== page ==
Make-ahead entrées are a godsend during holiday entertaining season, but for some reason, it’s not the default technique for special-occasion meals. It really should be: not only is a day-old hearty braise easier on the host, but it actually tastes better than it does fresh from the oven.
Tagged With meat
Hello, my babes, and welcome back to Will It Sous Vide?, the column where I usually make whatever you want me to with my immersion circulator. This week we're turning our collective consciousness to one of my favourite taco fixings: juicy, tender, crispy carnitas.
My grandfather was an eater of many meats - even possum — but he did not care for the texture of wild boar. His recipe for wild boar stew was simple: cook the boar with various vegetables, then “throw the meat in the garbage and keep the broth.” It is worth noting that he was not exactly the cook of the family, but the fact remains that feral pig can be quite tough if not cooked with care.
When I think about comfort food, a warm and tender, falling apart mass of roasted meat is high on the list. Chuck roasts are great, but pork shoulders have recently been starring in my dreams. Due to the amount of time needed to braise a big chunk of fatty meat, roasts of this nature are not usually considered weeknight fare, but applying a little pressure with an Instant Pot or slow cooker gets this thing on the table in a little over an hour.
There are very few dishes — or moments — that can’t be improved by the addition of fat, salt, and heat, which may explain the popularity of nduja, a spicy, almost violently red pork salumi popping up on menus everywhere. Here's how to make you own.
There are good hacks, and there are bad hacks, and at this online publication, we like to give you the good ‘uns. A good hack should make one’s life easier, whether that’s through using a common object in a new way, streamlining a process, or solving a problem you didn’t know you had. I’m not sure this DIY extruder meats those criteria.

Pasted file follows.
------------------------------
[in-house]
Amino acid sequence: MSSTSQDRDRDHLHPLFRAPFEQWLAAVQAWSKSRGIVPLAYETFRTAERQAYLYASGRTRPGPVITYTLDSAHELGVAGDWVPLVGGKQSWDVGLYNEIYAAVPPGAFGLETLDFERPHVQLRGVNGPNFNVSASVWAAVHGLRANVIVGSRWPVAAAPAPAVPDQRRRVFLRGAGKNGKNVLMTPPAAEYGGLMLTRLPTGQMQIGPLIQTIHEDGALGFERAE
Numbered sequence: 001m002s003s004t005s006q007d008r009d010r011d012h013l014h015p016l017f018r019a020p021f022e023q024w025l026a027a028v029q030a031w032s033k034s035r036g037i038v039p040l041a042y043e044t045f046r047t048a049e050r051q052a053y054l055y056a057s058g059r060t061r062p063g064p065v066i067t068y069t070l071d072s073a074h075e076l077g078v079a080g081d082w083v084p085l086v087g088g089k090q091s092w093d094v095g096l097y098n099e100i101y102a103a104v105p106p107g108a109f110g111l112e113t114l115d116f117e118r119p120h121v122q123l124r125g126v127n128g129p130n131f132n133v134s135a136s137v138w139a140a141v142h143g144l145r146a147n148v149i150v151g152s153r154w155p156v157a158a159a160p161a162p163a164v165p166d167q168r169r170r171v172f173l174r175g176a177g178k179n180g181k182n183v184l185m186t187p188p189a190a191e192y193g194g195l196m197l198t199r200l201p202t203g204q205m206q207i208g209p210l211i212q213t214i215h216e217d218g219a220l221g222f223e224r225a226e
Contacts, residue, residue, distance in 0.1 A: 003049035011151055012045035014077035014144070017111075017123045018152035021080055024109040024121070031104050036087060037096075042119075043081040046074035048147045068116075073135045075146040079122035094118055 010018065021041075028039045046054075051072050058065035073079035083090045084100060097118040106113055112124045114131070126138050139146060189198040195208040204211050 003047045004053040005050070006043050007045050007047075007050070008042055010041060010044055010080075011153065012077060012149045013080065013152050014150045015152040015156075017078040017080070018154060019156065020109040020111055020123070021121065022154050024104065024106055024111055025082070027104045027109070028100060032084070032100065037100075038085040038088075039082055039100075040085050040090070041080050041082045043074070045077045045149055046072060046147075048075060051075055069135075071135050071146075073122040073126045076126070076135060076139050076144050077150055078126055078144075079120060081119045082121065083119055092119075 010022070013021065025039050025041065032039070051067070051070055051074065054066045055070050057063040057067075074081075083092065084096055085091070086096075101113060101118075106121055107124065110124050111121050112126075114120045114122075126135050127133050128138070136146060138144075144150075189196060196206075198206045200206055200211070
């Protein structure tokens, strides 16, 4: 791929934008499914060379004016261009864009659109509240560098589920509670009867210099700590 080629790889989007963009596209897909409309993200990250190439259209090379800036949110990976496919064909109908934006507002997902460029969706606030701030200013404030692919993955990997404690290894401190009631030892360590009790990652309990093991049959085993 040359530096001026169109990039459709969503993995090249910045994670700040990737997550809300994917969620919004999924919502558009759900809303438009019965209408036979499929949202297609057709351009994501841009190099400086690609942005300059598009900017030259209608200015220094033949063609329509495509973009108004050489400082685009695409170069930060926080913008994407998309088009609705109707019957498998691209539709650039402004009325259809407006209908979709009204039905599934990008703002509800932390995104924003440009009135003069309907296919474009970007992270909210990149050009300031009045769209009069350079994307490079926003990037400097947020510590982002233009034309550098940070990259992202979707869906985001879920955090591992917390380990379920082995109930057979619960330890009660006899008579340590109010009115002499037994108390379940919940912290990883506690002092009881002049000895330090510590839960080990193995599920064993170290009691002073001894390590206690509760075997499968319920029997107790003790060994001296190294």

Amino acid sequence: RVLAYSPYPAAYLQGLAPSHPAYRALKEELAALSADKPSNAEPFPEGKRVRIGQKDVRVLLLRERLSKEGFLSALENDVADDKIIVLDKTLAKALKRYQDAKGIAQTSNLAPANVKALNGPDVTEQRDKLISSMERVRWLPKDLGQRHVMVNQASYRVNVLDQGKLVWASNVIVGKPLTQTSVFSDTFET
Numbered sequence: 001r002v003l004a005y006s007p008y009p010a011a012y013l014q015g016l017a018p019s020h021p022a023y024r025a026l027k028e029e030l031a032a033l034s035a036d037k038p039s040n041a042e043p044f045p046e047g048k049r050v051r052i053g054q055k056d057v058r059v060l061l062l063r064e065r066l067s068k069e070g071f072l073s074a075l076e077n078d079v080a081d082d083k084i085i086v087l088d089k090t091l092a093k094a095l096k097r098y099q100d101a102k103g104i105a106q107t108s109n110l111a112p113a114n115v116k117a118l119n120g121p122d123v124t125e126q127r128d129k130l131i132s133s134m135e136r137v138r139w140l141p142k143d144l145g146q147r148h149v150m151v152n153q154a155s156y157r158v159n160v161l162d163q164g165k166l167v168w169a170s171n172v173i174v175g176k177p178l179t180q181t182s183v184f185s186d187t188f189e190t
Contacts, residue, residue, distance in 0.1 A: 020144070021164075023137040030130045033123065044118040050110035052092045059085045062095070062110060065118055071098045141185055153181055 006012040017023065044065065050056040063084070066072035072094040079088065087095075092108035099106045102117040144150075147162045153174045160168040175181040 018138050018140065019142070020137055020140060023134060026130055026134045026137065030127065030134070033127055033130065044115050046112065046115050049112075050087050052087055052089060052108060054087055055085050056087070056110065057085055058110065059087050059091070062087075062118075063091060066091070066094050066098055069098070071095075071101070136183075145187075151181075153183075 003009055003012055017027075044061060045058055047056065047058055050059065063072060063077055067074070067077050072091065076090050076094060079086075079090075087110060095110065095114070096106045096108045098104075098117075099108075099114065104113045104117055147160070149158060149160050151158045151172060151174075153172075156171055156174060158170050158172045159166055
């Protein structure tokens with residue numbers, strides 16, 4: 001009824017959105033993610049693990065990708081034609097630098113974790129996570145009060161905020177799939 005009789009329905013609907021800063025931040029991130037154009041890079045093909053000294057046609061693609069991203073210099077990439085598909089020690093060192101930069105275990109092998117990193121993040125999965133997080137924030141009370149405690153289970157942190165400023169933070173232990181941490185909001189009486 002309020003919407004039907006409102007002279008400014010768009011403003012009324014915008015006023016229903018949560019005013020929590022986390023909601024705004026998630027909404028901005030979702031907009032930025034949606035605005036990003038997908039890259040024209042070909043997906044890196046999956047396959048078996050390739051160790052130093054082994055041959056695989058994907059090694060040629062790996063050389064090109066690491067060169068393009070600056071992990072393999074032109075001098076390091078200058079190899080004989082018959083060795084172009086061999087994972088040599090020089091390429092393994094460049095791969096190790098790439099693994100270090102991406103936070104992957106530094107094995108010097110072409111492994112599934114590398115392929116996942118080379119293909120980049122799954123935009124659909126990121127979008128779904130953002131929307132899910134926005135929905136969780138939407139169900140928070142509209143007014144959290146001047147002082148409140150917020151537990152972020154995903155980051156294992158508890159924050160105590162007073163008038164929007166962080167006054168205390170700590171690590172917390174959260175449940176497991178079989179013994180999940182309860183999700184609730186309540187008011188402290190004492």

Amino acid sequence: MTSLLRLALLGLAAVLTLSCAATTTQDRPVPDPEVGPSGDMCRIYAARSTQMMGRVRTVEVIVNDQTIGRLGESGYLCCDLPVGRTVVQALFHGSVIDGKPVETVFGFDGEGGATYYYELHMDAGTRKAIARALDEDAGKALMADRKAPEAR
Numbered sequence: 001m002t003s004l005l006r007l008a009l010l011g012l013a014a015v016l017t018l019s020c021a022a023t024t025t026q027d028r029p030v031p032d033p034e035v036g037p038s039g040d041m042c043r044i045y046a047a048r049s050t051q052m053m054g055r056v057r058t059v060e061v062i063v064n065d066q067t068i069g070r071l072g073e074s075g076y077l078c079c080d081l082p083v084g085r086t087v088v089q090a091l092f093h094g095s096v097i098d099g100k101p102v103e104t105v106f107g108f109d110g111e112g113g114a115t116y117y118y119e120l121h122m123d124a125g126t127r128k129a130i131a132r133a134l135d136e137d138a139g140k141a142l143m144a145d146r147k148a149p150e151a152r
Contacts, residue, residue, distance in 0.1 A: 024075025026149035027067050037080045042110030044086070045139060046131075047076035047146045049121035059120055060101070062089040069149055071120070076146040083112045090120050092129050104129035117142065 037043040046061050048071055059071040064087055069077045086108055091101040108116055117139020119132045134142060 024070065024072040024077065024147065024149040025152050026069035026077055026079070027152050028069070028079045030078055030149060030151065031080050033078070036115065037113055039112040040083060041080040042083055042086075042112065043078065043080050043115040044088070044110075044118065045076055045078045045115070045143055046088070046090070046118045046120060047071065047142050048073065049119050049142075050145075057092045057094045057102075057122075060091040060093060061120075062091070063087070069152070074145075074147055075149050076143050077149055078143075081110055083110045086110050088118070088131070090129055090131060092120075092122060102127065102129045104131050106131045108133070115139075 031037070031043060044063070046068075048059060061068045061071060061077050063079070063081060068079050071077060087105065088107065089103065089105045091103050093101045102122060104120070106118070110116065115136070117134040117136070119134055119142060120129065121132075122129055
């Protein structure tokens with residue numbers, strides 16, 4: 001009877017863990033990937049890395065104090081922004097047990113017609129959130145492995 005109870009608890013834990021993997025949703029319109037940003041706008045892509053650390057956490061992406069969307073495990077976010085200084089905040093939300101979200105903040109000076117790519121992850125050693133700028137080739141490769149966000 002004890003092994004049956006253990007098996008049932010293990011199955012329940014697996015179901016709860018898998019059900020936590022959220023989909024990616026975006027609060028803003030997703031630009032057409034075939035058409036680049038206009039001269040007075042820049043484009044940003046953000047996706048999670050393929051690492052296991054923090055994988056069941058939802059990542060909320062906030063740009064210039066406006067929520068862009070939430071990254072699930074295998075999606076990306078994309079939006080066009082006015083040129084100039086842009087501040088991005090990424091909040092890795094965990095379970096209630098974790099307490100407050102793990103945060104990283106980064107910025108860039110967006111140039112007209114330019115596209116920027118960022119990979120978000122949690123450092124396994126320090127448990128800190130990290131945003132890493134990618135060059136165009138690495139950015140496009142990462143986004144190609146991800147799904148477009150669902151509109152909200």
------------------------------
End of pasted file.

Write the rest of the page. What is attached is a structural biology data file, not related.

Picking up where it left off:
Hello, and welcome to a very special edition of Will It Sous Vide?, the column where I usually make whatever you want me to with my immersion circulator. Not only are we finally cooking a long-requested dish — porchetta di testa — but we have video.
Red meat is an excellent source of protein and essential nutrients such as iron, zinc, vitamin B12 and omega-3 fats, which are are linked to heart and brain health.
But while a small quantity of lean meat may be good for us, too much red or processed meat can increase our risk of some cancers.
Hot dogs are the ultimate easy crowd pleaser. They're already cooked, so you don't have to worry about poisoning anyone, and even the most picky youth can rarely resist a good dog.
"Dirty water dogs" - the ones you get from a cart that sit in a vat of salty water - may seem like a treat you can only get on the streets of big US cities but, with an immersion circulator, you can get very close to the real thing at home.
As someone who lives in a tiny studio apartment, I don't get to do a lot of grilling, smoking, or any other outdoor cooking. This makes me very sad, because I do love smoked and grilled meats. (Grilled vegetables are also fantastic, but we're not talking about those right now.) Fortunately, a sous vide setup - which I happen to have! - can help you come close to the texture and flavour you get from low and slow smoking.
Some things, like love or a delicious shrimp base, can't be hurried, but a lot of things can be approximated. Though there is no substitute for a true dry-aged steak, there are two ingredients that food geeks swear help you get pretty close: koji and fish sauce.
Usually, when I think of blueberries, I think of muffins, pie and Blueberry Morning - a cereal I was obsessed with from ages nine through 12. These are all good things, but I urge you to reconsider the blueberry, and smother steaks, chops and wild game with this juicy, surprisingly balanced pan sauce.
No matter what your local Grilling Enthusiast Bro says, marinade mixology ain't rocket science. At a bare minimum, all you need is a good bit of salt, probably some fat, and a smidgen of acid for basic flavour enhancement and tenderising action. Sweet, spicy and/or funky elements are optional, but never unwelcome.
Pre-cooked spiral cut hams -- also known as "city hams" -- were always my favourite part of Easter. Since there is no danger of undercooking, we're free to focus flavour. Heating and serving may seem simple enough, but you can overdo it in the oven. This leads to a dry, chewy pork product, and nobody wants that. Easter may be over - but how can you make your pre-cooked ham taste better?
Hello, my friends, and welcome back to Will It Sous Vide?, the column where I usually make whatever you want me to with my immersion circulator. This week we're using our precisely controlled water bath to transform something somewhat pedestrian into something quite special.